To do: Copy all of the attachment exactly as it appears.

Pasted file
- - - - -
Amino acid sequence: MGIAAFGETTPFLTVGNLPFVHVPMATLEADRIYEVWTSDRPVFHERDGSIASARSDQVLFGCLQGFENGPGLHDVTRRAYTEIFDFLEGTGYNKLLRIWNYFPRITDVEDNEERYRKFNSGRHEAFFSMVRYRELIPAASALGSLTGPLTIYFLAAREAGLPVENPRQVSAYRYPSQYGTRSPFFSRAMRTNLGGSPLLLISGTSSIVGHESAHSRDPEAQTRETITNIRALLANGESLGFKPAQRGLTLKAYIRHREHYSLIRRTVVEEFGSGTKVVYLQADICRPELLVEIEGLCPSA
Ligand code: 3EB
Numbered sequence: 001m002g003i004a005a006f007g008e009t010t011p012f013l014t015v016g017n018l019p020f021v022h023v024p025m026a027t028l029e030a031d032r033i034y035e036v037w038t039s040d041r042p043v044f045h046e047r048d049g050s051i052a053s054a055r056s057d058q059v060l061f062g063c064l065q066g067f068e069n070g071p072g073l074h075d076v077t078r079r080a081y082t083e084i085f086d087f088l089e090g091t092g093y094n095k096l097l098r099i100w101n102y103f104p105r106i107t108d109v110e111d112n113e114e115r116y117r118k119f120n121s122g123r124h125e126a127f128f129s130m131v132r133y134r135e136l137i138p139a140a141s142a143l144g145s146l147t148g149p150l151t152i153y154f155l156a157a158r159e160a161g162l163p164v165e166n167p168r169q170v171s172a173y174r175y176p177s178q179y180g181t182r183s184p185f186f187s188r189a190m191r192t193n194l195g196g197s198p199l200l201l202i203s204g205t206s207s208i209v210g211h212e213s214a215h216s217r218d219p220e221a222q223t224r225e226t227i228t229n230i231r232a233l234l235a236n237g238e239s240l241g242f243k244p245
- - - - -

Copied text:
Amino acid sequence: MGIAAFGETTPFLTVGNLPFVHVPMATLEADRIYEVWTSDRPVFHERDGSIASARSDQVLFGCLQGFENGPGLHDVTRRAYTEIFDFLEGTGYNKLLRIWNYFPRITDVEDNEERYRKFNSGRHEAFFSMVRYRELIPAASALGSLTGPLTIYFLAAREAGLPVENPRQVSAYRYPSQYGTRSPFFSRAMRTNLGGSPLLLISGTSSIVGHESAHSRDPEAQTRETITNIRALLANGESLGFKPAQRGLTLKAYIRHREHYSLIRRTVVEEFGSGTKVVYLQADICRPELLVEIEGLCPSA
Ligand code: 3EB
Numbered sequence: 001m002g003i004a005a006f007g008e009t010t011p012f013l014t015v016g017n018l019p020f021v022h023v024p025m026a027t028l029e030a031d032r033i034y035e036v037w038t039s040d041r042p043v044f045h046e047r048d049g050s051i052a053s054a055r056s057d058q059v060l061f062g063c064l065q066g067f068e069n070g071p072g073l074h075d076v077t078r079r080a081y082t083e084i085f086d087f088l089e090g091t092g093y094n095k096l097l098r099i100w101n102y103f104p105r106i107t108d109v110e111d112n113e114e115r116y117r118k119f120n121s122g123r124h125e126a127f128f129s130m131v132r133y134r135e136l137i138p139a140a141s142a143l144g145s146l147t148g149p150l151t152i153y154f155l156a157a158r159e160a161g162l163p164v165e166n167p168r169q170v171s172a173y174r175y176p177s178q179y180g181t182r183s184p185f186f187s188r189a190m191r192t193n194l195g196g197s198p199l200l201l202i203s204g205t206s207s208i209v210g211h212e213s214a215h216s217r218d219p220e221a222q223t224r225e226t227i228t229n230i231r232a233l234l235a236n237g238e239s240l241g242f243k244p245